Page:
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EDMONTON — Alberta’s energy minister is defending her government’s attack on a children’s movie about Bigfoot that she says is “quite offensive” and carries an inaccurate anti-oil message.

Sonya Savage also says it’s critical the government push back constantly against what it sees as false narratives that cast Alberta’s wellspring industry in a negative light.

“Not everybody is going to agree with every single tactic of the Canadian Energy Centre. I don’t either,” Savage told a committee examining the Energy Department’s budget on Tuesday.

“But I did find that the comments that I’ve heard in that cartoon were quite offensive. And the comments have to be countered somewhere.

“And there’s no question whatsoever that we have to find a way to counter the kinds of campaigns and the kind of narrative and the significant misinformation that is targeted at our energy sector.”

Savage was referring to a petition campaign recently launched by the energy centre, informally called the war room, against the animated movie “Bigfoot Family,” which can be viewed on the streaming giant Netflix.

The film features talking animals and a domesticated Bigfoot character battling an oil magnate who is seeking to blow up an Alaskan wildlife preserve to gain easier access to petroleum.

The war room is urging followers to send Netflix messages that say the movie is “brainwashing our kids with anti-oil and gas propaganda.”

The Sasquatch debate spilled onto the floor during question period. 

Opposition NDP Leader Rachel Notley said the United Conservative government is making the province a laughingstock. Premier Jason Kenney accused Notley of supporting those who would deride Alberta’s big-ticket industry.

“Which investors in Zurich do you think were swayed by your brave stand against a child’s cartoon character?” Notley asked Kenney.

“I know the NDP hates oil and gas. They’ve always despised this province’s largest industry and I’m sure they’re cheering on the propaganda in that Netflix story, but we’re correcting the record as we should,” Kenney countered.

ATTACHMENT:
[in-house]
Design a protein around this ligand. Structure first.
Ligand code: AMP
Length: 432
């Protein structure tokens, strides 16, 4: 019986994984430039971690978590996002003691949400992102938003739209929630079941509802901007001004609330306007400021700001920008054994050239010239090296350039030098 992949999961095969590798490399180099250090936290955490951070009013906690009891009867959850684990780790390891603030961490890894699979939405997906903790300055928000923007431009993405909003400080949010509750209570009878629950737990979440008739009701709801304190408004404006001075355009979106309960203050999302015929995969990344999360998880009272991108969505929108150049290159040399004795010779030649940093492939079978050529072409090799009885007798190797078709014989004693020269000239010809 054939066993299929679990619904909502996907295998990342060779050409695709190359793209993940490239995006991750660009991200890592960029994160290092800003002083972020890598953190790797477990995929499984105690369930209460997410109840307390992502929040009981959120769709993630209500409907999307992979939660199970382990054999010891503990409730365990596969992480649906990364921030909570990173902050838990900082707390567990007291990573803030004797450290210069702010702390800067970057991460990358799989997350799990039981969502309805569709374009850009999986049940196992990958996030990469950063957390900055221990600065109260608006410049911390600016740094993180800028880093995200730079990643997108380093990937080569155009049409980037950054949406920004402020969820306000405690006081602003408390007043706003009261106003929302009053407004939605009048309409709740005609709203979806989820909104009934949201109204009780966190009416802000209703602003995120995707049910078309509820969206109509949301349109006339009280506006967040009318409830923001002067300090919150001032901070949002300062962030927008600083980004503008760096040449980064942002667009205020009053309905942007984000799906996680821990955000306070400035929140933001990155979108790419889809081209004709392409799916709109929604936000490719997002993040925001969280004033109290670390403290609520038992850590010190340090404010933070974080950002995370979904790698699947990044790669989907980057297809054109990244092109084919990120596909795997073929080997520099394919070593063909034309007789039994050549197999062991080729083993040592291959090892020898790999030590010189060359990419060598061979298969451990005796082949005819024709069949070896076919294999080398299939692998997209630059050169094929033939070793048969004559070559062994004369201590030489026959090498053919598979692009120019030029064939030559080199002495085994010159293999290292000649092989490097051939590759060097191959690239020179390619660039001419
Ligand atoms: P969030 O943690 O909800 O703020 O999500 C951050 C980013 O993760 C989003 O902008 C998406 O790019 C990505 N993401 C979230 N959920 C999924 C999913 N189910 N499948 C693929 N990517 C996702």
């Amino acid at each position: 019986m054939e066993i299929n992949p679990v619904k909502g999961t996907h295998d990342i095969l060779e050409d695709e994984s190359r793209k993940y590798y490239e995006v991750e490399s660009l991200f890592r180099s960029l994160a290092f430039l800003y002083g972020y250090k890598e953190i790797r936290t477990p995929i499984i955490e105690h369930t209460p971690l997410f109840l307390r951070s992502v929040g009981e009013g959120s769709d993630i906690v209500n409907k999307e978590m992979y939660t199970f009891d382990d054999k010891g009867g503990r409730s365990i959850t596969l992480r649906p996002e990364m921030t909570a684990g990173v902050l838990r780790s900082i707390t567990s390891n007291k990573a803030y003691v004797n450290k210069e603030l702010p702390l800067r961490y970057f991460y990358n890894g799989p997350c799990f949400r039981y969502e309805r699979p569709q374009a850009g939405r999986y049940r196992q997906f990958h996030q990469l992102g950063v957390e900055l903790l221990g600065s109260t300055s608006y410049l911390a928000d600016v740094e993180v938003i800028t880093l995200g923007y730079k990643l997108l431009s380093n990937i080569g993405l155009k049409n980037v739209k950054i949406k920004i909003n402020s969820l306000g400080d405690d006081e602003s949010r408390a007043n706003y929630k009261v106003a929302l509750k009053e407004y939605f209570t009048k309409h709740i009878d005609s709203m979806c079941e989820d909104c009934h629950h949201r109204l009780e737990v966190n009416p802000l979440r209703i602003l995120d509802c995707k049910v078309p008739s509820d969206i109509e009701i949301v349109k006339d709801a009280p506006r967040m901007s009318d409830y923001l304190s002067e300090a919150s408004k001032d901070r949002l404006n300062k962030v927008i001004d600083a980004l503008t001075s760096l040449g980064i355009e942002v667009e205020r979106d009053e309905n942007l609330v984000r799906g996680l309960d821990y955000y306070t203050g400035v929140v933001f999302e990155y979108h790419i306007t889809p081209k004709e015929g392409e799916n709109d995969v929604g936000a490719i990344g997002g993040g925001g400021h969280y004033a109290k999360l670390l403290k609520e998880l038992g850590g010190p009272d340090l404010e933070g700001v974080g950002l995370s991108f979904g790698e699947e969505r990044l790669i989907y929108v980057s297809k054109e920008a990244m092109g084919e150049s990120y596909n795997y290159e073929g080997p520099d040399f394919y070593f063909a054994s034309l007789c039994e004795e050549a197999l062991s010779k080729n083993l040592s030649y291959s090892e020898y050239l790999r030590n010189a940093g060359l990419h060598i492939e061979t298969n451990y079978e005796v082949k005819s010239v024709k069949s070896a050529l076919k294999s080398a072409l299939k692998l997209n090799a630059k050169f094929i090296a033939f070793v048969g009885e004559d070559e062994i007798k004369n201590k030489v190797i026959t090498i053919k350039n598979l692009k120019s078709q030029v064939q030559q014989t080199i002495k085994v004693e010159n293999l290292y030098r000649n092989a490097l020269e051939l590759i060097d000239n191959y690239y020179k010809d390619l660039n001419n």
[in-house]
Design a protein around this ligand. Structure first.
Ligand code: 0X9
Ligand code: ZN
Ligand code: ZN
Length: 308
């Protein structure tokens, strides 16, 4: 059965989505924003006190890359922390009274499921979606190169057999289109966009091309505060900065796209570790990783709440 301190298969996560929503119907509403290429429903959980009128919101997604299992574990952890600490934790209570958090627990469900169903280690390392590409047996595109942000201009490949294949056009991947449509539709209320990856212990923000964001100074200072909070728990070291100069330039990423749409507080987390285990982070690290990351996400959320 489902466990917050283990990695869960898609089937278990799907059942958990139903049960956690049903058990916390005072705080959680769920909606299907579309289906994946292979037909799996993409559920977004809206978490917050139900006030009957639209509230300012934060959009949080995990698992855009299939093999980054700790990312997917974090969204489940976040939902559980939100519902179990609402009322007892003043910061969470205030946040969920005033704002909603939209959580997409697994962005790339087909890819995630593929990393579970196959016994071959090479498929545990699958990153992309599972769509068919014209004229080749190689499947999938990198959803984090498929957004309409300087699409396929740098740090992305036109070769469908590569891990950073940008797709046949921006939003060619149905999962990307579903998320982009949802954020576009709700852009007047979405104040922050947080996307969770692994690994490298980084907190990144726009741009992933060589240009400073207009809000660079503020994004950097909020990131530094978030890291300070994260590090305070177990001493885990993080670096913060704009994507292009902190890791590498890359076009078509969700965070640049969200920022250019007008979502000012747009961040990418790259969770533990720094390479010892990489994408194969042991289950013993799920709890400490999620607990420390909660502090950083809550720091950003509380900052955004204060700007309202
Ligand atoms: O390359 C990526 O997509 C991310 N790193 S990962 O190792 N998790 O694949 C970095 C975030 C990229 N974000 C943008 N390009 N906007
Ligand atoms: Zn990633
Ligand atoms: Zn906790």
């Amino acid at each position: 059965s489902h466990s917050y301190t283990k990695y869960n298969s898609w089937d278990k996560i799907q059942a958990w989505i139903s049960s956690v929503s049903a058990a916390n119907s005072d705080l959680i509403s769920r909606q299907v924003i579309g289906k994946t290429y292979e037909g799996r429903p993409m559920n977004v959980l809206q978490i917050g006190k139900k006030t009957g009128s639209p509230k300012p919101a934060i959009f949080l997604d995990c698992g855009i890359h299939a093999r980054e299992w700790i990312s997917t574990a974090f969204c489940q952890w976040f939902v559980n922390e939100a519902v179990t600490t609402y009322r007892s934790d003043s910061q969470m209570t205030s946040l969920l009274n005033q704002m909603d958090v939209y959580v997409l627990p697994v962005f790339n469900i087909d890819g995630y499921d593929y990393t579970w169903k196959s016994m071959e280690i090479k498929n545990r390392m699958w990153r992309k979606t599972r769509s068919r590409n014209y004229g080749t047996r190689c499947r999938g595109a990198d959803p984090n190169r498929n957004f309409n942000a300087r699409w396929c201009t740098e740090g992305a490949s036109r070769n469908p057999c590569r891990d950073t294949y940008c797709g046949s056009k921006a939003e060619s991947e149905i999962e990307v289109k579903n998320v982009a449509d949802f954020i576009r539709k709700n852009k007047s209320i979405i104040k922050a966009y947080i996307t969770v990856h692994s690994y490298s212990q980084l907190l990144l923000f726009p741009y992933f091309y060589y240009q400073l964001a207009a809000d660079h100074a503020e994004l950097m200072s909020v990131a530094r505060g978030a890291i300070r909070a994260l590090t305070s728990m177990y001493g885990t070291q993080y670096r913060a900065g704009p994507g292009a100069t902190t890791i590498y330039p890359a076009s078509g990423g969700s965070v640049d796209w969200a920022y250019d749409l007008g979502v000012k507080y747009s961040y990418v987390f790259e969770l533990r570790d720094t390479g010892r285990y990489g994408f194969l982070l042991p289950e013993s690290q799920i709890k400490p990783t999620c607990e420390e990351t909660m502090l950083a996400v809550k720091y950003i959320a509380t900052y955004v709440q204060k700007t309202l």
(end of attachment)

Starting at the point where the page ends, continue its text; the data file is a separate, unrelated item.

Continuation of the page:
Notley replied: “More people laughing at you is not a win.”

The fuss over the film has prompted a renewed debate between the UCP and the NDP over the war room’s goals and purpose.

The centre was started in late 2019 to fulfil a campaign promise by Kenney to challenge what he called misleading and inaccurate statements designed to put the energy sector in a critical light and thereby buttress public support against megaprojects such as pipelines.

The war room was given a $30-million annual budget and immediately stumbled into several high-profile gaffes. It was found to be using another company’s logo and its staff had referred to themselves as reporters when speaking with sources.

It also attacked, and later apologized, for a series of tweets about the New York Times, saying the newspaper had been “called out for anti-Semitism countless times” and had a “very dodgy” track record.

The war room’s budget was cut last year as the COVID-19 pandemic took a wrecking ball to the economy. The centre’s budget for the current fiscal year is $10 million and is forecast to be $12 million next year.

The NDP has repeatedly criticized the war room as a high-profile embarrassment and a waste of tax dollars.

NDP energy critic Kathleen Ganley, noting the popularity of the Bigfoot movie is rising, renewed that argument with Savage before the committee on Tuesday.

“It was getting very little notice, in fact, until such time as the war room came along and suddenly it shot up to be on the list of Top-10, viewed-in-Canada movies on Netflix,” said Ganley. 

“The war room seems to be having what I would argue is the opposite effect of the effect that it is intended to have.”

UCP member Peter Guthrie, also on the committee, said the Netflix bump could be interpreted as testimony to the reach and effectiveness of the war room.

“They (opponents) claim that the CEC doesn’t work. But next they highlight that the CEC had the ability to take obscure movies created to present misinformation about the energy sector and boost these obscure movies to the top of the charts,” said Guthrie.

“I think that’s pretty awesome if they have that kind of ability.”

This report by The Canadian Press was first published March 16, 2021.

Dean Bennett, The Canadian Press

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